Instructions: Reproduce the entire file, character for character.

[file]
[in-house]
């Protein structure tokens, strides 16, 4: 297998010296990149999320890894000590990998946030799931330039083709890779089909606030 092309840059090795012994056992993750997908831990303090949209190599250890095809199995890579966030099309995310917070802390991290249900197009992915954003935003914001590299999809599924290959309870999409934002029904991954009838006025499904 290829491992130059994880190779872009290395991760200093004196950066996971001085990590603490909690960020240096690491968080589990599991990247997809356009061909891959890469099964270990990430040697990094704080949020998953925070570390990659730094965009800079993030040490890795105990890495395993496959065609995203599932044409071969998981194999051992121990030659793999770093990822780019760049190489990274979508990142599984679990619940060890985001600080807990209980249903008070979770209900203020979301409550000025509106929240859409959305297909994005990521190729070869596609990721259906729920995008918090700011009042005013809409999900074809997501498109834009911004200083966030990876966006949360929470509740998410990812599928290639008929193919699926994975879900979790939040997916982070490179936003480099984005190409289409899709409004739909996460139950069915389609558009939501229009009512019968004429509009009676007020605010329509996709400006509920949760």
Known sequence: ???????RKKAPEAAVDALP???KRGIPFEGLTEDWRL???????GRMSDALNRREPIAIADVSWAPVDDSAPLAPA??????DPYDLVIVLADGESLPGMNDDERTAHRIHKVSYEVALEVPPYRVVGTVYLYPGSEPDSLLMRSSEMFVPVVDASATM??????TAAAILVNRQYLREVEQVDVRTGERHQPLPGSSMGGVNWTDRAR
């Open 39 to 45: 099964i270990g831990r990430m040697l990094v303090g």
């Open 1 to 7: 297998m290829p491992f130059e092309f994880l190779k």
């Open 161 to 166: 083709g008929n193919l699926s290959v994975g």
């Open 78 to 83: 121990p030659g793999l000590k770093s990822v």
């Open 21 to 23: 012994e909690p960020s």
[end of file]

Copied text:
[in-house]
């Protein structure tokens, strides 16, 4: 297998010296990149999320890894000590990998946030799931330039083709890779089909606030 092309840059090795012994056992993750997908831990303090949209190599250890095809199995890579966030099309995310917070802390991290249900197009992915954003935003914001590299999809599924290959309870999409934002029904991954009838006025499904 290829491992130059994880190779872009290395991760200093004196950066996971001085990590603490909690960020240096690491968080589990599991990247997809356009061909891959890469099964270990990430040697990094704080949020998953925070570390990659730094965009800079993030040490890795105990890495395993496959065609995203599932044409071969998981194999051992121990030659793999770093990822780019760049190489990274979508990142599984679990619940060890985001600080807990209980249903008070979770209900203020979301409550000025509106929240859409959305297909994005990521190729070869596609990721259906729920995008918090700011009042005013809409999900074809997501498109834009911004200083966030990876966006949360929470509740998410990812599928290639008929193919699926994975879900979790939040997916982070490179936003480099984005190409289409899709409004739909996460139950069915389609558009939501229009009512019968004429509009009676007020605010329509996709400006509920949760």
Known sequence: ???????RKKAPEAAVDALP???KRGIPFEGLTEDWRL???????GRMSDALNRREPIAIADVSWAPVDDSAPLAPA??????DPYDLVIVLADGESLPGMNDDERTAHRIHKVSYEVALEVPPYRVVGTVYLYPGSEPDSLLMRSSEMFVPVVDASATM??????TAAAILVNRQYLREVEQVDVRTGERHQPLPGSSMGGVNWTDRAR
């Open 39 to 45: 099964i270990g831990r990430m040697l990094v303090g």
């Open 1 to 7: 297998m290829p491992f130059e092309f994880l190779k």
């Open 161 to 166: 083709g008929n193919l699926s290959v994975g």
């Open 78 to 83: 121990p030659g793999l000590k770093s990822v």
């Open 21 to 23: 012994e909690p960020s």